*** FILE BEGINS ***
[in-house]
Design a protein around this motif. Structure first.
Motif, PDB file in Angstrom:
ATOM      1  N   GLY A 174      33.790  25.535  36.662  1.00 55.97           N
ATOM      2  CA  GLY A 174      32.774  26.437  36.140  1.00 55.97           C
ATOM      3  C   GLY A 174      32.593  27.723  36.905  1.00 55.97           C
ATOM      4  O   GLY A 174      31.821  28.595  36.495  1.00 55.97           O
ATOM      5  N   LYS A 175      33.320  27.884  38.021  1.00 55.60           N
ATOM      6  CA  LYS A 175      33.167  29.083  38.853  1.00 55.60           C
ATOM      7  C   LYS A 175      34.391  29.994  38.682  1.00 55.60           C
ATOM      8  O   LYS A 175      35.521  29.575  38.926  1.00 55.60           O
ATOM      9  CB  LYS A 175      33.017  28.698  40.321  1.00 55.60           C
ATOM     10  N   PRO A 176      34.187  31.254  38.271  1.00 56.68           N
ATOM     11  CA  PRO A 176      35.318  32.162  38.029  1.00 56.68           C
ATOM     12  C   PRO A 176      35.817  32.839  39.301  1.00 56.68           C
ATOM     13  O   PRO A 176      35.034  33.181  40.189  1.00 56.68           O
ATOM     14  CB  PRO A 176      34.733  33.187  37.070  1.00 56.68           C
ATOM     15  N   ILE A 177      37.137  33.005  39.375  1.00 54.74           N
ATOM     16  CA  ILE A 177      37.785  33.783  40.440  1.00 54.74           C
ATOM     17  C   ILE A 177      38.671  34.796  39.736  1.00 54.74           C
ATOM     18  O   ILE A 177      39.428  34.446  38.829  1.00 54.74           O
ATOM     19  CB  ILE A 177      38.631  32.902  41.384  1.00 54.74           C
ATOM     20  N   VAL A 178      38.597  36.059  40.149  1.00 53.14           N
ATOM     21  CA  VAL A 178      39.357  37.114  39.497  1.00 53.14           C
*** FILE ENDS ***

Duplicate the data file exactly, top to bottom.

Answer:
[in-house]
Design a protein around this motif. Structure first.
Motif, PDB file in Angstrom:
ATOM      1  N   GLY A 174      33.790  25.535  36.662  1.00 55.97           N
ATOM      2  CA  GLY A 174      32.774  26.437  36.140  1.00 55.97           C
ATOM      3  C   GLY A 174      32.593  27.723  36.905  1.00 55.97           C
ATOM      4  O   GLY A 174      31.821  28.595  36.495  1.00 55.97           O
ATOM      5  N   LYS A 175      33.320  27.884  38.021  1.00 55.60           N
ATOM      6  CA  LYS A 175      33.167  29.083  38.853  1.00 55.60           C
ATOM      7  C   LYS A 175      34.391  29.994  38.682  1.00 55.60           C
ATOM      8  O   LYS A 175      35.521  29.575  38.926  1.00 55.60           O
ATOM      9  CB  LYS A 175      33.017  28.698  40.321  1.00 55.60           C
ATOM     10  N   PRO A 176      34.187  31.254  38.271  1.00 56.68           N
ATOM     11  CA  PRO A 176      35.318  32.162  38.029  1.00 56.68           C
ATOM     12  C   PRO A 176      35.817  32.839  39.301  1.00 56.68           C
ATOM     13  O   PRO A 176      35.034  33.181  40.189  1.00 56.68           O
ATOM     14  CB  PRO A 176      34.733  33.187  37.070  1.00 56.68           C
ATOM     15  N   ILE A 177      37.137  33.005  39.375  1.00 54.74           N
ATOM     16  CA  ILE A 177      37.785  33.783  40.440  1.00 54.74           C
ATOM     17  C   ILE A 177      38.671  34.796  39.736  1.00 54.74           C
ATOM     18  O   ILE A 177      39.428  34.446  38.829  1.00 54.74           O
ATOM     19  CB  ILE A 177      38.631  32.902  41.384  1.00 54.74           C
ATOM     20  N   VAL A 178      38.597  36.059  40.149  1.00 53.14           N
ATOM     21  CA  VAL A 178      39.357  37.114  39.497  1.00 53.14           C